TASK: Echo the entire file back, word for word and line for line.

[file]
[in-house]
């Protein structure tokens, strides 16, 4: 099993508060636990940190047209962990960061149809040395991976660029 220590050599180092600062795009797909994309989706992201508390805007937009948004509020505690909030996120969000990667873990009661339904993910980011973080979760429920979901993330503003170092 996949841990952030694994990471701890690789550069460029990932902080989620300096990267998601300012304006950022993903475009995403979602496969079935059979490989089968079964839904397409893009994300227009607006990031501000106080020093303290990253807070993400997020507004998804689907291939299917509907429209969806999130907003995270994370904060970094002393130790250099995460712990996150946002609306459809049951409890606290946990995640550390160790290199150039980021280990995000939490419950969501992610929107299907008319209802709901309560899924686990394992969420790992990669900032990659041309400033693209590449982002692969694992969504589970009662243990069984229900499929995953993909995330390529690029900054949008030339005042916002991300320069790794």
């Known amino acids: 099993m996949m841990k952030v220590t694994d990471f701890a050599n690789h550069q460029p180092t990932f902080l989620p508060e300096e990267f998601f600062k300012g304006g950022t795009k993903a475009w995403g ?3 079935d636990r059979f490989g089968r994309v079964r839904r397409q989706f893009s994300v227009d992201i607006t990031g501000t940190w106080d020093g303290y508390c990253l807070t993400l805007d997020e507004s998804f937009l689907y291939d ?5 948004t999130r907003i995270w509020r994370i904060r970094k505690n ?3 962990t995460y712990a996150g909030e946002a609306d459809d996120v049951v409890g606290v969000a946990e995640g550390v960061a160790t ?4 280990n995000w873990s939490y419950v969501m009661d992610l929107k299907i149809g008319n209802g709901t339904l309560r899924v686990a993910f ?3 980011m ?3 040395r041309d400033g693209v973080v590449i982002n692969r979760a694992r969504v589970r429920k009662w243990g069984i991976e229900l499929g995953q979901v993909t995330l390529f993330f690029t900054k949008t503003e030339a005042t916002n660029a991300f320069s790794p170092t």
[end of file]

[in-house]
């Protein structure tokens, strides 16, 4: 099993508060636990940190047209962990960061149809040395991976660029 220590050599180092600062795009797909994309989706992201508390805007937009948004509020505690909030996120969000990667873990009661339904993910980011973080979760429920979901993330503003170092 996949841990952030694994990471701890690789550069460029990932902080989620300096990267998601300012304006950022993903475009995403979602496969079935059979490989089968079964839904397409893009994300227009607006990031501000106080020093303290990253807070993400997020507004998804689907291939299917509907429209969806999130907003995270994370904060970094002393130790250099995460712990996150946002609306459809049951409890606290946990995640550390160790290199150039980021280990995000939490419950969501992610929107299907008319209802709901309560899924686990394992969420790992990669900032990659041309400033693209590449982002692969694992969504589970009662243990069984229900499929995953993909995330390529690029900054949008030339005042916002991300320069790794």
């Known amino acids: 099993m996949m841990k952030v220590t694994d990471f701890a050599n690789h550069q460029p180092t990932f902080l989620p508060e300096e990267f998601f600062k300012g304006g950022t795009k993903a475009w995403g ?3 079935d636990r059979f490989g089968r994309v079964r839904r397409q989706f893009s994300v227009d992201i607006t990031g501000t940190w106080d020093g303290y508390c990253l807070t993400l805007d997020e507004s998804f937009l689907y291939d ?5 948004t999130r907003i995270w509020r994370i904060r970094k505690n ?3 962990t995460y712990a996150g909030e946002a609306d459809d996120v049951v409890g606290v969000a946990e995640g550390v960061a160790t ?4 280990n995000w873990s939490y419950v969501m009661d992610l929107k299907i149809g008319n209802g709901t339904l309560r899924v686990a993910f ?3 980011m ?3 040395r041309d400033g693209v973080v590449i982002n692969r979760a694992r969504v589970r429920k009662w243990g069984i991976e229900l499929g995953q979901v993909t995330l390529f993330f690029t900054k949008t503003e030339a005042t916002n660029a991300f320069s790794p170092t």